the charity:

1. Name of the organization, including a statement that the organization is a charity recognized as tax-exempt by the
IRS under Section 501(c)(3).

2. Date of the donation.

3. Acknowledge the amount.
a. If cash, include the amount received.
b. If donated property, include a description (but not the value) of the non-cash contribution.  The value of the
non-cash contribution is the donor’s responsibility.  For example:

Thank you for the 200 shares of IBM stock donated on December 31, 2013.

4. Statement that no goods or services were provided by the organization in return for the contribution, if that was the
case.
a. If any goods or services were provided (referred to as a quid pro quo contribution), include a description and
good faith estimate of the value of the goods or services.  For example, an individual paid $100 to attend an
annual gala event to include dinner.  (See exceptions to this rule outlined below.)  The acknowledgement could
state,

For federal income tax purposes, you can deduct as a charitable contribution the price of this ticket less its fair
           market value. We estimate the fair market value of this ticket to be $40, so your charitable contribution is $60.

A penalty is imposed on a charity that does not make the required disclosure in connection with a quid pro quo
contribution of more than $75. The penalty is $10 per contribution, not to exceed $5,000 per fund-raising event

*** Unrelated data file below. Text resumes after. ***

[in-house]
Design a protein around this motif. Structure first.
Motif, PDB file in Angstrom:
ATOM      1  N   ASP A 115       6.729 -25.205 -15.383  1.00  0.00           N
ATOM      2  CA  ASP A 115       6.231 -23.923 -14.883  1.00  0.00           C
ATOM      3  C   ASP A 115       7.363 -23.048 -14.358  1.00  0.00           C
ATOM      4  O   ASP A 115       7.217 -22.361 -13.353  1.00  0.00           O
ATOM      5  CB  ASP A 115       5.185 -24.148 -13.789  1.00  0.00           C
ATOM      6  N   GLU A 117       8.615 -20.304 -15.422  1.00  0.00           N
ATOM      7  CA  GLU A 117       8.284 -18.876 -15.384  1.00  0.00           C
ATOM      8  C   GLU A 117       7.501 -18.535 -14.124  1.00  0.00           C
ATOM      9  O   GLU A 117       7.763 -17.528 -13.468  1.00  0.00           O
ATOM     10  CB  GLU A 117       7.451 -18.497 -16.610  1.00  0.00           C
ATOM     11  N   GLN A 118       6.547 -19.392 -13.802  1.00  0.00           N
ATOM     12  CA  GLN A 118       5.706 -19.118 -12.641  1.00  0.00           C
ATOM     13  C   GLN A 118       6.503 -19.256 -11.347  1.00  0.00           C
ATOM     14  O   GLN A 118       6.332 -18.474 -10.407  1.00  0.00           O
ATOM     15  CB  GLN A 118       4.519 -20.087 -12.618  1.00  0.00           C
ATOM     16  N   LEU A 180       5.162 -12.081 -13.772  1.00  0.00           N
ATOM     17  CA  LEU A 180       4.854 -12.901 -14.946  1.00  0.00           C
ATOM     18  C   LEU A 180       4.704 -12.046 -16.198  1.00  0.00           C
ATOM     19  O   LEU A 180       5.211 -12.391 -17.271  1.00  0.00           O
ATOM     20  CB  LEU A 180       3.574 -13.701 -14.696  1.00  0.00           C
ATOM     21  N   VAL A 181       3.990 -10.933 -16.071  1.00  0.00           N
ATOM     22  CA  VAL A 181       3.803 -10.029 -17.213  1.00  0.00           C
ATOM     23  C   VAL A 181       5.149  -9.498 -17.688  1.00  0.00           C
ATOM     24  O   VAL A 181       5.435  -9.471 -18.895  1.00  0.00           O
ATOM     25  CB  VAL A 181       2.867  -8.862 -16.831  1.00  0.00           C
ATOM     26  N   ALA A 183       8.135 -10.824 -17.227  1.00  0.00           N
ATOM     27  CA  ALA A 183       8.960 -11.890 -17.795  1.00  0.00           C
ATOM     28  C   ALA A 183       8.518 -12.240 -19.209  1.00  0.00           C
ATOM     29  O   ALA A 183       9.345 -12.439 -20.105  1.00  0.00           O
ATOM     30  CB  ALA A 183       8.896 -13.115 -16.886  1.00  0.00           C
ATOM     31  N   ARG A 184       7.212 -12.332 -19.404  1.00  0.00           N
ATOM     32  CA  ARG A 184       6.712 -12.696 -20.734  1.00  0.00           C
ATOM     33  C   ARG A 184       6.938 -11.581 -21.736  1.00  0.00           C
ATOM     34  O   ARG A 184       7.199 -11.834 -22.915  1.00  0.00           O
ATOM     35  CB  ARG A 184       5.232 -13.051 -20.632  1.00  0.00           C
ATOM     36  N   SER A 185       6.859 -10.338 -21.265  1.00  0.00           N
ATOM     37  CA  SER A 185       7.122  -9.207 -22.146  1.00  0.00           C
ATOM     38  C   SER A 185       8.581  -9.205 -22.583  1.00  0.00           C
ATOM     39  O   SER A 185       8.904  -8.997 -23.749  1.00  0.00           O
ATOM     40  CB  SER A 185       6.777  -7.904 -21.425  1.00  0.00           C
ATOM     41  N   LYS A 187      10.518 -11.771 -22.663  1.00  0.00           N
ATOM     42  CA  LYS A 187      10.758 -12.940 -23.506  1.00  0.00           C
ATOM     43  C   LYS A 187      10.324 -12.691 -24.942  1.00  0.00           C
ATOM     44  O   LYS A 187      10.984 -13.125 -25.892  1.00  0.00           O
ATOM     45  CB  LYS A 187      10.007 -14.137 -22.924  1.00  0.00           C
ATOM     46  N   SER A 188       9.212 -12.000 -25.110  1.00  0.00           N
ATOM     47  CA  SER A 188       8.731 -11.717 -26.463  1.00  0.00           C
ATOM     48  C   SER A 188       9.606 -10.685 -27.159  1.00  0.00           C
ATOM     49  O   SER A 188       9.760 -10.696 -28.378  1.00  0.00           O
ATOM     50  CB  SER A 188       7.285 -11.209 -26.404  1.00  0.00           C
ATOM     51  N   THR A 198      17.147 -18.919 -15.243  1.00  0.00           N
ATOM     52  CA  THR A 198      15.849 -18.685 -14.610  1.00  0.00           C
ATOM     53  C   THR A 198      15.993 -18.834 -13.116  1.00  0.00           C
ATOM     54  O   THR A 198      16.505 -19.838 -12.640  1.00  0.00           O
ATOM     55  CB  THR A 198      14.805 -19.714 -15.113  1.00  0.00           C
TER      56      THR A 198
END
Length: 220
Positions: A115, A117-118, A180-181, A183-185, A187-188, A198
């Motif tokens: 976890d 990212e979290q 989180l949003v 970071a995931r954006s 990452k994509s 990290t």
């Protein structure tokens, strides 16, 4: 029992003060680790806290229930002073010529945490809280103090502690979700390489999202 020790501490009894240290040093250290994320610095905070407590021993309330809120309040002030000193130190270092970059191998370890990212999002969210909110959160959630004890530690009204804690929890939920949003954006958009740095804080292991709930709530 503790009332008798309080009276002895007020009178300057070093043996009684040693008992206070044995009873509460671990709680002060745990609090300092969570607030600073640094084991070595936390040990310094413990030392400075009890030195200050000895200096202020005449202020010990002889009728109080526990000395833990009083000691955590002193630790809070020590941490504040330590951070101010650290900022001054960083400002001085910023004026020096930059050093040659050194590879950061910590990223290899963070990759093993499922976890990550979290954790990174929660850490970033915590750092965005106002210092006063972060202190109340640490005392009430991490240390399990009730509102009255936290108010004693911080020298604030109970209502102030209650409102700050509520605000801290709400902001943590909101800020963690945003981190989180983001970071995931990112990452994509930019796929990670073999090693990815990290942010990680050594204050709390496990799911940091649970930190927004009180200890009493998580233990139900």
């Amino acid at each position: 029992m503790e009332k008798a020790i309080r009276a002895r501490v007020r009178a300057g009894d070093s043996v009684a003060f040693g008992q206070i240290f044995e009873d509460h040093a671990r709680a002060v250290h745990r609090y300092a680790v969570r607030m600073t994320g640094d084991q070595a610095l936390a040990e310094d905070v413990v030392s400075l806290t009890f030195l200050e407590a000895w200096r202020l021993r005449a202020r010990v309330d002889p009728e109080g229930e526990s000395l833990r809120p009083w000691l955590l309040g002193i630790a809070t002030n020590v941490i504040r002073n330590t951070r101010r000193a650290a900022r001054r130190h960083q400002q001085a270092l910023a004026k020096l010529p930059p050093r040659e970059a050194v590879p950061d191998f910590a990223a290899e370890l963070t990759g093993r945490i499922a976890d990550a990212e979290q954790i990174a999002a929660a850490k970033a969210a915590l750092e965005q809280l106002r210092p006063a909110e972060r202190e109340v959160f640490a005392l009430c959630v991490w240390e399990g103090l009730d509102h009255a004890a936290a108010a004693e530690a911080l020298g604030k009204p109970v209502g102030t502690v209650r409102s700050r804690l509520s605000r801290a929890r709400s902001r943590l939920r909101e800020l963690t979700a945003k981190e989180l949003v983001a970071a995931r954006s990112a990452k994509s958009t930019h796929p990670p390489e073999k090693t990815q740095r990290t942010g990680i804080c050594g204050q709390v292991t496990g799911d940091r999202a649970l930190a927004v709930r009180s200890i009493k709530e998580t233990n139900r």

or mailing.

Other Comments
Thefollowing summarizes some of the other nuances of these requirements:

  • Acknowledgement is required for each donation greater than $250.  In lieu of this, the charity can provide an annual statement of all giving.
  • Acknowledgements are typically sent to donors no later than January 31st of the year following the donation.  A donor must receive acknowledgement by the earlier of: the date the donor files his/her tax return or the due date of the extended tax return in order for the individual to deduct the contribution.
  • Although no financial penalty to the charitable organization exists for not providing the written acknowledgement, there could be a financial or public relations impact if the donor was unable to deduct the donation on their tax return and then, consequently, decides not to donate again.